Digital Health @ Harvard Brown Bag Lunch Series: Using Mobile Phone Data to Map Migration and Disease: Politics, Privacy, and Public Health
The Digital Health @ Harvard brown bag lunch series features speakers from Harvard as well as collaborators and colleagues from other institutions who research the intersection between health and digital technology. The series is cosponsored by the Berkman Klein Center for Internet & Society at Harvard University and the Petrie-Flom Center for Health Law Policy, Biotechnology, and Bioethics at Harvard Law School. The goal of the series is to discuss ongoing research in this research area, share new developments, identify opportunities for collaboration, and explore the digital health ecosystem more generally.
These lunches are free and open to the public, but RSVPs are required. RSVP now!
Please bring your own lunch; light refreshments and snacks will be served.
Mobile phone data is passively collected in real-time by operators, producing enormous data sets that can be used to map human populations and migration accurately. These data hold enormous promise for infectious disease control and other public health interventions, as well as for response to emergencies. However, the privacy implications and complex political and regulatory environment surrounding their use have yet to be addressed systematically. Here, I will discuss the work we have been doing to use these records to model and forecast disease outbreaks, as well as the potential pitfalls and ethical issues associated with the increasingly routine use of these data in the public realm.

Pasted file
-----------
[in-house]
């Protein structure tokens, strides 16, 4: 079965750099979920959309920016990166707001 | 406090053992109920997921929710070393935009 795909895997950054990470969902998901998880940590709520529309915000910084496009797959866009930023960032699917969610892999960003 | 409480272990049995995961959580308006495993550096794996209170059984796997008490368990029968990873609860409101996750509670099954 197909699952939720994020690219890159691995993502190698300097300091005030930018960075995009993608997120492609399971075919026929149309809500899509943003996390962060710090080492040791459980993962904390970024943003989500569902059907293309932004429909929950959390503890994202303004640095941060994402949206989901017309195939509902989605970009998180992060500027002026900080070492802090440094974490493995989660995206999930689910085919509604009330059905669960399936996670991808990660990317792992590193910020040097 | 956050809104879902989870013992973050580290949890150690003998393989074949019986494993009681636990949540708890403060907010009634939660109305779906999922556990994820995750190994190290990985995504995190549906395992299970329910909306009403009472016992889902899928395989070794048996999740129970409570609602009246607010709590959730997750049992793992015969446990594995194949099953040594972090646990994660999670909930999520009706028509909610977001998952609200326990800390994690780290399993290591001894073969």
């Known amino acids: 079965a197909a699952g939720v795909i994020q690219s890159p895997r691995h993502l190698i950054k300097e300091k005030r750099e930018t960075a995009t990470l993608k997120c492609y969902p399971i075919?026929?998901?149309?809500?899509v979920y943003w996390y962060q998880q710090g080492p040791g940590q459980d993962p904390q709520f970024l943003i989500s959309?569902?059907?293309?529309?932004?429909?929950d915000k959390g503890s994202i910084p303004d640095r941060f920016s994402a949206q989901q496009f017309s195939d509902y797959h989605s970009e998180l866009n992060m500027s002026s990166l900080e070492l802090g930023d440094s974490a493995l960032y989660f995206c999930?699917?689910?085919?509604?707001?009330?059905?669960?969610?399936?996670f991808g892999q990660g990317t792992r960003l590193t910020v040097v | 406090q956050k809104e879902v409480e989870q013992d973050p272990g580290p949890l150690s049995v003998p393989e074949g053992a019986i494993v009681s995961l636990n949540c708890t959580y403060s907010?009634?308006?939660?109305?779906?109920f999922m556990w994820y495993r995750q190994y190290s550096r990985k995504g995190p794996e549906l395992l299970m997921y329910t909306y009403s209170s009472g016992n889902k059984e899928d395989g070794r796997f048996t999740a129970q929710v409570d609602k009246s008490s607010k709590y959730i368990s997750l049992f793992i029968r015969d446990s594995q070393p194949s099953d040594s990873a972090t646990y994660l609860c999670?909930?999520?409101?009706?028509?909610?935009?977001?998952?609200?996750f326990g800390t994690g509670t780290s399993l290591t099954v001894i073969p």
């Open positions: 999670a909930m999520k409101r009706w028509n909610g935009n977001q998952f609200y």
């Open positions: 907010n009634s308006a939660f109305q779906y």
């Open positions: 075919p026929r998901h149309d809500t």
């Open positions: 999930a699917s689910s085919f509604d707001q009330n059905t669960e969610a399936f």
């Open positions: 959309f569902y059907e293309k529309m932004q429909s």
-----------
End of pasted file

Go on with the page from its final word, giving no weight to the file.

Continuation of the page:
About Dr. Buckee
Dr. Caroline Buckee joined Harvard School of Public Health in the summer of 2010 as an Assistant Professor of Epidemiology. In 2013, Dr. Buckee was named the Associate Director of the Center for Communicable Disease Dynamics. Her focus is on elucidating the mechanisms driving the dynamics and evolution of the malaria parasite and other genetically diverse pathogens. After receiving a D.Phil from the University of Oxford, Caroline worked at the Kenya Medical Research Institute to analyze clinical and epidemiological aspects of malaria as a Sir Henry Wellcome Postdoctoral Fellow. Her work led to an Omidyar Fellowship at the Santa Fe Institute, where she developed theoretical approaches to understanding malaria parasite evolution and ecology.
Dr. Buckee’s work at Harvard extends these approaches using mathematical models to bridge the biological scales underlying malaria epidemiology; she works with experimental researchers to understand the molecular mechanisms within the host that underlie disease and infection, and uses genomic and mobile phone data to link these individual-level processes to understand population level patterns of transmission. Her work has appeared in high profile scientific journals such as Science and PNAS, as well as being featured in the popular press, including CNN, The New Scientist, Voice of America, NPR, and ABC.
The series consists of a monthly 60-minute brown bag lunch, which will take place on the last Thursday of each month throughout 2017, from 12-1pm. Additional dates are listed below. Please bring your own lunch; light refreshments and snacks will be served.
The lunches will begin with a 15-20 minute presentation by the speaker, followed by 40-45 minutes of discussion. The venue for the brown bags will rotate among various co-hosts.
Thursday, April 27, 12-1pm
Thursday, May 18, 12-1pm (note: this date has been shifted due to Harvard's Commencement)
Thursday, June 29, 12-1pm
Thursday, July 27, 12-1pm
Thursday, August 31, 12-1pm
Thursday, September 28, 12-1pm
Thursday, October 26, 12-1pm
Thursday, November 30, 12-1pm
Thursday, December 21, 12-1pm (note: this date has been shifted due to Harvard's winter break)